QE and negative interest rates affect the economy in a number of ways. The exchange rate tends to fall which promotes economic growth by encouraging exports and discouraging imports (pushing up the price of imports also has a direct impact on prices). The idea is also that lower interest rates make the cost of borrowing cheaper which encourages companies to invest and consumers to spend. To some extent, the ECB’s QE programme that was instigated around this time last year has succeeded in these aims.

Are negative interest rates beneficial?
Negative deposit rates are intended to encourage banks to lend by making it more costly to hold money on deposit at the ECB. The zero re-financing rate and low marginal borrowing rates will make borrowing cheaper. This should be beneficial for borrowers but it can cause complications for banks. Banks cannot pass on negative interest rates to their depositors as customers would be deterred by paying to keep money in a bank - there are back door ways of getting around this such as charging for accounts but this would not alleviate the problem altogether. Low interest rates on lending and negative interest rates on their deposits squeeze banks’ margins. Following the instruction of negative interest rates in a number of other countries, notably Japan, many argued that this is counter-productive, particularly at a time when banks are struggling to restore profits in order to hit targets for capital adequacy ratios.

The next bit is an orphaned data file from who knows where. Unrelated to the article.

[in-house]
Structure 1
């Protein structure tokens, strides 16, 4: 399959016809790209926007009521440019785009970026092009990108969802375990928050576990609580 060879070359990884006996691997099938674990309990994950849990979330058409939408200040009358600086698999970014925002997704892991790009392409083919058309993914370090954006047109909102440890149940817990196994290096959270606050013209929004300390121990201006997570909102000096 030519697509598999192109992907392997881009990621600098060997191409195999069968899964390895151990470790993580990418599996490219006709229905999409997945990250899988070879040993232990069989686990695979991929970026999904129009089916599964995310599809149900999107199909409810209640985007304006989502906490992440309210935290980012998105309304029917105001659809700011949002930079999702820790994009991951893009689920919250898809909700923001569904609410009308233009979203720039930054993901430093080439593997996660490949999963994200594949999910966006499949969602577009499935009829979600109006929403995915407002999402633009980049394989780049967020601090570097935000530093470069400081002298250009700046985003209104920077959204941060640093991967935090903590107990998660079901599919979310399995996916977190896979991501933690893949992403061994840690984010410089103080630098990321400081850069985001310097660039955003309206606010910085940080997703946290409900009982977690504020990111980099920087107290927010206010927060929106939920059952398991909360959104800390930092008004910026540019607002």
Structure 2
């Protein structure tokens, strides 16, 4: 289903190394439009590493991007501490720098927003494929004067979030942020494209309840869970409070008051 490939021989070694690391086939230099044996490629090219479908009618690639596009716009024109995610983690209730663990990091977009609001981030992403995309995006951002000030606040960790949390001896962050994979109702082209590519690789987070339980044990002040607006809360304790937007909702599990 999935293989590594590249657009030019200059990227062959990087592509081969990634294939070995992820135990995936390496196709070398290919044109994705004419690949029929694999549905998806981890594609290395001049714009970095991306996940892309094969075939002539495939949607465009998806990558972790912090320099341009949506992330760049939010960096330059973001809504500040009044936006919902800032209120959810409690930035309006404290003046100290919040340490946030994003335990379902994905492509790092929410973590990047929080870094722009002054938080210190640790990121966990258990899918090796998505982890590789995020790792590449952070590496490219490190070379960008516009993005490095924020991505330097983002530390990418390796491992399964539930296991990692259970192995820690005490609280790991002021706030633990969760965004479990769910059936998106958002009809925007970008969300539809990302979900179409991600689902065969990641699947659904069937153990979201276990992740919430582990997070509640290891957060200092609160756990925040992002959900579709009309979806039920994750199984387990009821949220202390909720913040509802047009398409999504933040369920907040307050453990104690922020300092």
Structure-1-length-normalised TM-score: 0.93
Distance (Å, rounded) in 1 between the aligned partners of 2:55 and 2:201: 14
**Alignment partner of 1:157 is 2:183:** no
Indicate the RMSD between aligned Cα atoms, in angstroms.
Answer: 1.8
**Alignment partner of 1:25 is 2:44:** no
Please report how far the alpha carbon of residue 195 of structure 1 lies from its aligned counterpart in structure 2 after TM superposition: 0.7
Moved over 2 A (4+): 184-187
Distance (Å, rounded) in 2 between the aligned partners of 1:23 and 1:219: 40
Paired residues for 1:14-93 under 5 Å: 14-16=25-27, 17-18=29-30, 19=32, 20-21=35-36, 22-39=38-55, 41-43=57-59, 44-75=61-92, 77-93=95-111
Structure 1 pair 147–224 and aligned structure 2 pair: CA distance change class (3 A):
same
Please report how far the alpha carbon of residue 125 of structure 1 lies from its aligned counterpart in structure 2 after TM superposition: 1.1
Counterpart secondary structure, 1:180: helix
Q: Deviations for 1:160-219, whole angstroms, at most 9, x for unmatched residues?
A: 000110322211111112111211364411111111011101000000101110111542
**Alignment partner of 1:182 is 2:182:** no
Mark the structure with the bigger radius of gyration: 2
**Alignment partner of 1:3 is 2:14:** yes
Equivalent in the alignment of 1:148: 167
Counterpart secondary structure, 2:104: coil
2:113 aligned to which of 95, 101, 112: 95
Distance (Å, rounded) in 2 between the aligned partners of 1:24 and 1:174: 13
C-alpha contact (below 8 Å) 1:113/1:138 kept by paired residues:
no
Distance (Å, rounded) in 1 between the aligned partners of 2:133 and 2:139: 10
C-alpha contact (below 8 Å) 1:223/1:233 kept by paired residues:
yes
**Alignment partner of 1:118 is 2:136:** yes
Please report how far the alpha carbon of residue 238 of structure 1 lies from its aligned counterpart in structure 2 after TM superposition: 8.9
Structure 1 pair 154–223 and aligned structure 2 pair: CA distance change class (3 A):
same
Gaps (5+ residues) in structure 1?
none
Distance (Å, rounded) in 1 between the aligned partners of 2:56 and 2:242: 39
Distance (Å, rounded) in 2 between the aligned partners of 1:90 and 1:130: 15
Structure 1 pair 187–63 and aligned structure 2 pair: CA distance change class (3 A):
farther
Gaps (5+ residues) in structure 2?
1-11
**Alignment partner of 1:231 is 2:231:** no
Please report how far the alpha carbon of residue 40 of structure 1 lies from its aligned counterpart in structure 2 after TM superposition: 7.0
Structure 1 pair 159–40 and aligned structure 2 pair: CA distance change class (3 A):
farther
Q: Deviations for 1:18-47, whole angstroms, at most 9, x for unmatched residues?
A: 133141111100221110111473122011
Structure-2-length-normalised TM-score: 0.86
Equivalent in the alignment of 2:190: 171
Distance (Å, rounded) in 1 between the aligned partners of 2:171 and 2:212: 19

The ECB’s latest policy announcement, however, looks like a clever way around the problem. True banks will be penalised by leaving money on deposit, but the new Targeted Long-Term Refinancing Operations (TLTRO) act as a counter balance. Banks taking advantage of TLTROs and who hit the ECB’s lending targets (that’s the “targeted” part of the LTRO) will be paid, through negative interest rates, by the ECB to borrow money and will then lend it on to borrowers at a positive, if low, rate of interest. This is a subsidy that will help to build the margins of the banks that take advantage of it. This is effectively an attempt to shift money from banks who do not engage in additional lending (but who suffer from negative interest rates on their deposits at the ECB) to those who do (who benefit from negative interest rates on loans from the ECB).

What does it mean for property?